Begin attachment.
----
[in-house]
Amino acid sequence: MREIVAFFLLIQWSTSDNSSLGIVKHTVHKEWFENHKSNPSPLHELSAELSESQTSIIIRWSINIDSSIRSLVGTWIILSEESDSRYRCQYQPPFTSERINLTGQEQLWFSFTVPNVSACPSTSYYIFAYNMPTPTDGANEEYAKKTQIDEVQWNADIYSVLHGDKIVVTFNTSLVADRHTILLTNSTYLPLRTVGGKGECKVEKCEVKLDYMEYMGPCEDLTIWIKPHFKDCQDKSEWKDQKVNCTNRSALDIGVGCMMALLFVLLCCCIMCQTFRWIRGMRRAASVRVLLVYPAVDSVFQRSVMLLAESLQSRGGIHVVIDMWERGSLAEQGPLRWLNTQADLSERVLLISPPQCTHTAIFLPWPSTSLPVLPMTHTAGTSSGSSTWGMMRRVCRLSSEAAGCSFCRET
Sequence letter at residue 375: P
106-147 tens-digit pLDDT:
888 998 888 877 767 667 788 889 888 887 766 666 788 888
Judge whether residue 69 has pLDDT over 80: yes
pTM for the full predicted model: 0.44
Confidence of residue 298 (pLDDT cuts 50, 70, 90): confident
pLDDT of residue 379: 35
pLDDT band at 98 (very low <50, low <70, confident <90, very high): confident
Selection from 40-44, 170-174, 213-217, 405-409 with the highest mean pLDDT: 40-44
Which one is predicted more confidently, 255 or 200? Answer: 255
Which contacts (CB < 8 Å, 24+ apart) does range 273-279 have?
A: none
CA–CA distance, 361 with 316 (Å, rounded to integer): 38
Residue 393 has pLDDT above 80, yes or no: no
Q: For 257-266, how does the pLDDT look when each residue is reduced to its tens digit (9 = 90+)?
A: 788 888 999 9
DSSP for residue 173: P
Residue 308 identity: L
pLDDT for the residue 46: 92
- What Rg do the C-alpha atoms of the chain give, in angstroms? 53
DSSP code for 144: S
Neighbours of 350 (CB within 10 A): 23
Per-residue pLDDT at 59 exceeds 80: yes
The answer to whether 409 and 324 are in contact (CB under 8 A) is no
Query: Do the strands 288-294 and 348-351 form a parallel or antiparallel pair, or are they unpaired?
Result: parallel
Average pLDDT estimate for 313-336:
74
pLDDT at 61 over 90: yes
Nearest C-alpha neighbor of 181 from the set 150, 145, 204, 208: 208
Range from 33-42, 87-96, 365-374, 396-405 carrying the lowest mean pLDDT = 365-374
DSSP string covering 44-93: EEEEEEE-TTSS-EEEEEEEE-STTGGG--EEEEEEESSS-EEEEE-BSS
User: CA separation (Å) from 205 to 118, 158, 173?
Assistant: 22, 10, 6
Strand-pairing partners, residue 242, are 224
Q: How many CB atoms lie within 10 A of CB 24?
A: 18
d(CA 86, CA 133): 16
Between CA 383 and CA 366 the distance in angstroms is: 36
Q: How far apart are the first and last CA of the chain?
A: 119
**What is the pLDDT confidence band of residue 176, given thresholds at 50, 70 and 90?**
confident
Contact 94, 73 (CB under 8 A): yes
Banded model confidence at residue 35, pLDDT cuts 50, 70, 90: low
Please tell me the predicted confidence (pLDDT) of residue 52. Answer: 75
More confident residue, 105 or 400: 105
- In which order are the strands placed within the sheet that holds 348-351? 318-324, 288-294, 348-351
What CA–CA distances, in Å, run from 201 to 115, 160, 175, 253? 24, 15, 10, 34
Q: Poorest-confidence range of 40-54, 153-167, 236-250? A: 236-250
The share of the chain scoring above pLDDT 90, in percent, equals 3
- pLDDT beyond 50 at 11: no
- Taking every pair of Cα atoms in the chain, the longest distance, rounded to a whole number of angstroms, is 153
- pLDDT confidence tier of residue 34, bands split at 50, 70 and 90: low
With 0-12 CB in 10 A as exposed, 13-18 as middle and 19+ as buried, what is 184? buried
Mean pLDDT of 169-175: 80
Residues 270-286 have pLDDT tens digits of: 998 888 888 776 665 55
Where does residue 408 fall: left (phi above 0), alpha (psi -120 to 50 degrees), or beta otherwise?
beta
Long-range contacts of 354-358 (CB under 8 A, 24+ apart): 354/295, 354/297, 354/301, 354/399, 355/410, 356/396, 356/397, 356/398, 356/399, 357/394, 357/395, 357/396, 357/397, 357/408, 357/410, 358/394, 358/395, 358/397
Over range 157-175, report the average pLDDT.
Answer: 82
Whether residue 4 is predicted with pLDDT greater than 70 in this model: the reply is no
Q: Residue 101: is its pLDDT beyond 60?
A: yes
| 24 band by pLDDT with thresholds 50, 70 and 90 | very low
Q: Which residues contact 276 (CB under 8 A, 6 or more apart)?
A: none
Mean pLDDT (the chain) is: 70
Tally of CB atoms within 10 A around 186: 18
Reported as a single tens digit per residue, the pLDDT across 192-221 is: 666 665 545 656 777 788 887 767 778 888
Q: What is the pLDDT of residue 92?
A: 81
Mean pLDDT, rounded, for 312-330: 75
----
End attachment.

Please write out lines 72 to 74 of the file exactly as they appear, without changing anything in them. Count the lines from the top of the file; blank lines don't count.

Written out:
Tally of CB atoms within 10 A around 186: 18
Reported as a single tens digit per residue, the pLDDT across 192-221 is: 666 665 545 656 777 788 887 767 778 888
Q: What is the pLDDT of residue 92?